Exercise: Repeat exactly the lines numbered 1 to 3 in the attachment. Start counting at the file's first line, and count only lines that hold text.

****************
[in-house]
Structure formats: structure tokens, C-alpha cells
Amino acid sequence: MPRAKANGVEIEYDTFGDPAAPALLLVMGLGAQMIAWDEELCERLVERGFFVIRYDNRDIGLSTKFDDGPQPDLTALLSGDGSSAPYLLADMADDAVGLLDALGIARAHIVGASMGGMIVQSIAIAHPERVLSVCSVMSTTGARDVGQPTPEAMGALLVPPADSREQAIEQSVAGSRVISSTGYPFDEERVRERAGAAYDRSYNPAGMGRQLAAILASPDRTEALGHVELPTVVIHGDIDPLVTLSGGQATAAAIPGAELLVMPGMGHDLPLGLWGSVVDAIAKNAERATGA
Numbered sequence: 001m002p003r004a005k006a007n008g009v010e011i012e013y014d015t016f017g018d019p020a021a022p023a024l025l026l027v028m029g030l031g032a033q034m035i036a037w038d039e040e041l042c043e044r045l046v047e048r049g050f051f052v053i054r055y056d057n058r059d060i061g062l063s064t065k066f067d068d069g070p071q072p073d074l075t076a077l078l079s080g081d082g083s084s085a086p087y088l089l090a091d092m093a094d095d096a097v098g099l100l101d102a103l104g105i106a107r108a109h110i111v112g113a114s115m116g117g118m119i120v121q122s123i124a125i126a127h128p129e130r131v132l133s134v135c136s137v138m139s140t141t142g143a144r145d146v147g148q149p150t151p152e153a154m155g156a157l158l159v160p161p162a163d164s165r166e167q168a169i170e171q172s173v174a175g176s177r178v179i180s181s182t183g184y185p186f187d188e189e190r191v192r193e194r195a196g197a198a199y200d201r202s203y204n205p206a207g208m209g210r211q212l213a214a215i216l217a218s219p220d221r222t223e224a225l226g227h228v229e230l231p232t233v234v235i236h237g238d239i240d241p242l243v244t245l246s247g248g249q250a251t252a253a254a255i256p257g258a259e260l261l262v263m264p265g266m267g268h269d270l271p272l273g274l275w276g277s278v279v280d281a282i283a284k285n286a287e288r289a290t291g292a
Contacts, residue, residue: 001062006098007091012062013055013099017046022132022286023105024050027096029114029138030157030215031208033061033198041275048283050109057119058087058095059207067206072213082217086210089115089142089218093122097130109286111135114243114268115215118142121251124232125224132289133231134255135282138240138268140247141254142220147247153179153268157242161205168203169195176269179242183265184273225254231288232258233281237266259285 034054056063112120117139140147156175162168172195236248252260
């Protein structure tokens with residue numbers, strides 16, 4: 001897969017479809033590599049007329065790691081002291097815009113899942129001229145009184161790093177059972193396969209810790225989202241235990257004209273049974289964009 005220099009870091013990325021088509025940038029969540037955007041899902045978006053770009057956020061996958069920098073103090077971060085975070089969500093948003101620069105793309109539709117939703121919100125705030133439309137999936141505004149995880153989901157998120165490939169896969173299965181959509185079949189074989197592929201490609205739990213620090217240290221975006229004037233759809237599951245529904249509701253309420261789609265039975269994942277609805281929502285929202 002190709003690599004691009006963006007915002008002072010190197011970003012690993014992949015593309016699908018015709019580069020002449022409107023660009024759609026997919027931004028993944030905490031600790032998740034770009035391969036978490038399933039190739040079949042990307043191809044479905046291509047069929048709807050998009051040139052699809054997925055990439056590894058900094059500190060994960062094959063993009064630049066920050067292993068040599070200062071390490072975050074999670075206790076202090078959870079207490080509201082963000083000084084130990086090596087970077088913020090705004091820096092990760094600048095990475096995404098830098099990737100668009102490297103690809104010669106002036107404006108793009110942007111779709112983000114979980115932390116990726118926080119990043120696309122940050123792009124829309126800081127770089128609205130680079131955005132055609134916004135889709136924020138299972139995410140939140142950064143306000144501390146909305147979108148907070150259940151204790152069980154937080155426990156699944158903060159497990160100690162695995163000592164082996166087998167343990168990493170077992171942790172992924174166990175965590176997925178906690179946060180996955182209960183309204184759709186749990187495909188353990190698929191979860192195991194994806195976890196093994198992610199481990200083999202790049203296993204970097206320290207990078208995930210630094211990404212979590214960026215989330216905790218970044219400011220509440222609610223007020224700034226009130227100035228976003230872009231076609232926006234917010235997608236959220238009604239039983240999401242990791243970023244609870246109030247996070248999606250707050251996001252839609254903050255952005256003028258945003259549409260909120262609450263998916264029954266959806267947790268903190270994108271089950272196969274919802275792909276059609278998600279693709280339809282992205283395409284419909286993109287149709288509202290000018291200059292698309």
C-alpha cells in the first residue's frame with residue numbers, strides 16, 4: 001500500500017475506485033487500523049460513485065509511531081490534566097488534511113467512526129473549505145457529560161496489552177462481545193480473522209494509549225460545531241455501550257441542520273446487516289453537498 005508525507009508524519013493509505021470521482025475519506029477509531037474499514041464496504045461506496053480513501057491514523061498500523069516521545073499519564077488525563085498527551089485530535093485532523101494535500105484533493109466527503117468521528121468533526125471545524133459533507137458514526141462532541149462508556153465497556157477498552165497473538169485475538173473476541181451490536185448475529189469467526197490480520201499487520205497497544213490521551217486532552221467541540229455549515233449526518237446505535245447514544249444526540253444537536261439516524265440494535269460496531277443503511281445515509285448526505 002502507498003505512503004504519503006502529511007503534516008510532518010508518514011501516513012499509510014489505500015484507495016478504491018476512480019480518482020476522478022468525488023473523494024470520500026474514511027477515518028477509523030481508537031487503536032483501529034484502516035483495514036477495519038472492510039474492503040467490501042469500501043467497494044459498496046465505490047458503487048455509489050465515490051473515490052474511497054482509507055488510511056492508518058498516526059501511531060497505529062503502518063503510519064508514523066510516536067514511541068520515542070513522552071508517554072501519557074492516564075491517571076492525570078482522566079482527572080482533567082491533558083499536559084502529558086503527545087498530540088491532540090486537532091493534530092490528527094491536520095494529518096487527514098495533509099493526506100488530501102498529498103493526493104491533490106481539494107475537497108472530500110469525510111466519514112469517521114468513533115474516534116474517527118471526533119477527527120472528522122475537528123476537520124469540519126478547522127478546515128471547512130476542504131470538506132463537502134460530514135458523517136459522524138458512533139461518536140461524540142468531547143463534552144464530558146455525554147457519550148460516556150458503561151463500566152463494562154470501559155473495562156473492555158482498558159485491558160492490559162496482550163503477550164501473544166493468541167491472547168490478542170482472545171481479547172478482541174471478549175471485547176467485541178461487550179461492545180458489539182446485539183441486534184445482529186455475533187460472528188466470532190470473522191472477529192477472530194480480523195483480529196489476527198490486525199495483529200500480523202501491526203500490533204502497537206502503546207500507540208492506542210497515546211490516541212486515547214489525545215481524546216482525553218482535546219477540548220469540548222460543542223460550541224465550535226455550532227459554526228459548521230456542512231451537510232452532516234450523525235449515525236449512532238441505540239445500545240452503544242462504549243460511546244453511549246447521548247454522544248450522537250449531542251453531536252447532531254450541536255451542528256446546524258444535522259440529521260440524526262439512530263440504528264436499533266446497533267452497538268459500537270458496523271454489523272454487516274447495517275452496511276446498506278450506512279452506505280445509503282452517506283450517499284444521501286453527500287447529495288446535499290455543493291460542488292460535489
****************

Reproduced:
[in-house]
Structure formats: structure tokens, C-alpha cells
Amino acid sequence: MPRAKANGVEIEYDTFGDPAAPALLLVMGLGAQMIAWDEELCERLVERGFFVIRYDNRDIGLSTKFDDGPQPDLTALLSGDGSSAPYLLADMADDAVGLLDALGIARAHIVGASMGGMIVQSIAIAHPERVLSVCSVMSTTGARDVGQPTPEAMGALLVPPADSREQAIEQSVAGSRVISSTGYPFDEERVRERAGAAYDRSYNPAGMGRQLAAILASPDRTEALGHVELPTVVIHGDIDPLVTLSGGQATAAAIPGAELLVMPGMGHDLPLGLWGSVVDAIAKNAERATGA